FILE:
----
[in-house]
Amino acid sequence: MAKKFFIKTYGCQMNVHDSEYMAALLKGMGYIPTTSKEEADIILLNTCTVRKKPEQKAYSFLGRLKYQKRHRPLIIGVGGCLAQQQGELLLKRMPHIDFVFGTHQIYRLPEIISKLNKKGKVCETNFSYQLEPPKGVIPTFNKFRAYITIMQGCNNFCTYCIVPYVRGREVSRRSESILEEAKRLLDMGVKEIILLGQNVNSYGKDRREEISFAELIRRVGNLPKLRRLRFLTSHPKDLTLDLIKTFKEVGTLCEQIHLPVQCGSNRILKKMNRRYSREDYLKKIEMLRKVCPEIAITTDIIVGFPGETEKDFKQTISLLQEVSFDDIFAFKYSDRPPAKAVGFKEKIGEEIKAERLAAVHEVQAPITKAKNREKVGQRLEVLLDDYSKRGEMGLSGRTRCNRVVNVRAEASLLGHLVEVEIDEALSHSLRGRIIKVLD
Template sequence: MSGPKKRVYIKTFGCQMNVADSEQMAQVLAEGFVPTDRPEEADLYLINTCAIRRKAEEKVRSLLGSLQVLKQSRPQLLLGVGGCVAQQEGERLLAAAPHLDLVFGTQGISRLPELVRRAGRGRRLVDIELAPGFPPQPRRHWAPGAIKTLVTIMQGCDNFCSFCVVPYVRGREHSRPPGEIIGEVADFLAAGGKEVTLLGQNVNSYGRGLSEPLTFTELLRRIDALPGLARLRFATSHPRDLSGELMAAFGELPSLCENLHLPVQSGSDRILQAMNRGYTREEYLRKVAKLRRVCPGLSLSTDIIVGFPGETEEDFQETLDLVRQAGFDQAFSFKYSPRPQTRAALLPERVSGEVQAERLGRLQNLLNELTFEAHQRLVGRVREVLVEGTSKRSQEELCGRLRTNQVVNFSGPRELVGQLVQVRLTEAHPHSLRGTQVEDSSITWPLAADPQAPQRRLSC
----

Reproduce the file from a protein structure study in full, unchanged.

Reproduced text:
[in-house]
Amino acid sequence: MAKKFFIKTYGCQMNVHDSEYMAALLKGMGYIPTTSKEEADIILLNTCTVRKKPEQKAYSFLGRLKYQKRHRPLIIGVGGCLAQQQGELLLKRMPHIDFVFGTHQIYRLPEIISKLNKKGKVCETNFSYQLEPPKGVIPTFNKFRAYITIMQGCNNFCTYCIVPYVRGREVSRRSESILEEAKRLLDMGVKEIILLGQNVNSYGKDRREEISFAELIRRVGNLPKLRRLRFLTSHPKDLTLDLIKTFKEVGTLCEQIHLPVQCGSNRILKKMNRRYSREDYLKKIEMLRKVCPEIAITTDIIVGFPGETEKDFKQTISLLQEVSFDDIFAFKYSDRPPAKAVGFKEKIGEEIKAERLAAVHEVQAPITKAKNREKVGQRLEVLLDDYSKRGEMGLSGRTRCNRVVNVRAEASLLGHLVEVEIDEALSHSLRGRIIKVLD
Template sequence: MSGPKKRVYIKTFGCQMNVADSEQMAQVLAEGFVPTDRPEEADLYLINTCAIRRKAEEKVRSLLGSLQVLKQSRPQLLLGVGGCVAQQEGERLLAAAPHLDLVFGTQGISRLPELVRRAGRGRRLVDIELAPGFPPQPRRHWAPGAIKTLVTIMQGCDNFCSFCVVPYVRGREHSRPPGEIIGEVADFLAAGGKEVTLLGQNVNSYGRGLSEPLTFTELLRRIDALPGLARLRFATSHPRDLSGELMAAFGELPSLCENLHLPVQSGSDRILQAMNRGYTREEYLRKVAKLRRVCPGLSLSTDIIVGFPGETEEDFQETLDLVRQAGFDQAFSFKYSPRPQTRAALLPERVSGEVQAERLGRLQNLLNELTFEAHQRLVGRVREVLVEGTSKRSQEELCGRLRTNQVVNFSGPRELVGQLVQVRLTEAHPHSLRGTQVEDSSITWPLAADPQAPQRRLSC